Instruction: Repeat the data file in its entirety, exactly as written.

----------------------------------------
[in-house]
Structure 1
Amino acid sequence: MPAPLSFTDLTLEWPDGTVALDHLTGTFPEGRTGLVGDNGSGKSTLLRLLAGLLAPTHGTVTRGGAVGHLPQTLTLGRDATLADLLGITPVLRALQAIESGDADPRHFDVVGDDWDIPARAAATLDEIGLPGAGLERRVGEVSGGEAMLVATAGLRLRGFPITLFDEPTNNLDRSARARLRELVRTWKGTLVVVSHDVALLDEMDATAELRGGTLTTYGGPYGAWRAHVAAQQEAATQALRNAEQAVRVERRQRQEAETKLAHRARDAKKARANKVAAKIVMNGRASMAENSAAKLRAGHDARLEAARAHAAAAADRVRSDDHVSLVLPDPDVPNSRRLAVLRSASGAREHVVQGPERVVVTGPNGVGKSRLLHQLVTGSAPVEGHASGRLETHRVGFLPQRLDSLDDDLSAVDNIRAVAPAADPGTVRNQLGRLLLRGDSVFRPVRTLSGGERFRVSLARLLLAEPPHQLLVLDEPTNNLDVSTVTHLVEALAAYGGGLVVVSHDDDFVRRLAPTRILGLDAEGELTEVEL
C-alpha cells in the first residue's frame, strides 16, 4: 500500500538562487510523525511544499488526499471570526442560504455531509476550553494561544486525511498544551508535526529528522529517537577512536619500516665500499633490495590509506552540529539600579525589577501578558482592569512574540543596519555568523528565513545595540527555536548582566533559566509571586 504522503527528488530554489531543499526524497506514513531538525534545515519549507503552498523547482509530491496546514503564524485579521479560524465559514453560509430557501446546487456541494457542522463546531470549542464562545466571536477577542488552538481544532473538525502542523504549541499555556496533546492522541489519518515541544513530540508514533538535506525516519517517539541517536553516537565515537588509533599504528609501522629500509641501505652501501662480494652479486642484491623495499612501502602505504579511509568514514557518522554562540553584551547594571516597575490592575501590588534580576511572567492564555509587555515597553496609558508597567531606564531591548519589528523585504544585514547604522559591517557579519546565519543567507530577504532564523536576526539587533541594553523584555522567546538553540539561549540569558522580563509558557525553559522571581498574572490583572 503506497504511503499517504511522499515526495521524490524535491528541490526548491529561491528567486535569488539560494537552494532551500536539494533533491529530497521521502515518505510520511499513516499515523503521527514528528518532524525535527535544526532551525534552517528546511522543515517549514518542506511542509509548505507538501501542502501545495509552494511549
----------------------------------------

[in-house]
Structure 1
Amino acid sequence: MPAPLSFTDLTLEWPDGTVALDHLTGTFPEGRTGLVGDNGSGKSTLLRLLAGLLAPTHGTVTRGGAVGHLPQTLTLGRDATLADLLGITPVLRALQAIESGDADPRHFDVVGDDWDIPARAAATLDEIGLPGAGLERRVGEVSGGEAMLVATAGLRLRGFPITLFDEPTNNLDRSARARLRELVRTWKGTLVVVSHDVALLDEMDATAELRGGTLTTYGGPYGAWRAHVAAQQEAATQALRNAEQAVRVERRQRQEAETKLAHRARDAKKARANKVAAKIVMNGRASMAENSAAKLRAGHDARLEAARAHAAAAADRVRSDDHVSLVLPDPDVPNSRRLAVLRSASGAREHVVQGPERVVVTGPNGVGKSRLLHQLVTGSAPVEGHASGRLETHRVGFLPQRLDSLDDDLSAVDNIRAVAPAADPGTVRNQLGRLLLRGDSVFRPVRTLSGGERFRVSLARLLLAEPPHQLLVLDEPTNNLDVSTVTHLVEALAAYGGGLVVVSHDDDFVRRLAPTRILGLDAEGELTEVEL
C-alpha cells in the first residue's frame, strides 16, 4: 500500500538562487510523525511544499488526499471570526442560504455531509476550553494561544486525511498544551508535526529528522529517537577512536619500516665500499633490495590509506552540529539600579525589577501578558482592569512574540543596519555568523528565513545595540527555536548582566533559566509571586 504522503527528488530554489531543499526524497506514513531538525534545515519549507503552498523547482509530491496546514503564524485579521479560524465559514453560509430557501446546487456541494457542522463546531470549542464562545466571536477577542488552538481544532473538525502542523504549541499555556496533546492522541489519518515541544513530540508514533538535506525516519517517539541517536553516537565515537588509533599504528609501522629500509641501505652501501662480494652479486642484491623495499612501502602505504579511509568514514557518522554562540553584551547594571516597575490592575501590588534580576511572567492564555509587555515597553496609558508597567531606564531591548519589528523585504544585514547604522559591517557579519546565519543567507530577504532564523536576526539587533541594553523584555522567546538553540539561549540569558522580563509558557525553559522571581498574572490583572 503506497504511503499517504511522499515526495521524490524535491528541490526548491529561491528567486535569488539560494537552494532551500536539494533533491529530497521521502515518505510520511499513516499515523503521527514528528518532524525535527535544526532551525534552517528546511522543515517549514518542506511542509509548505507538501501542502501545495509552494511549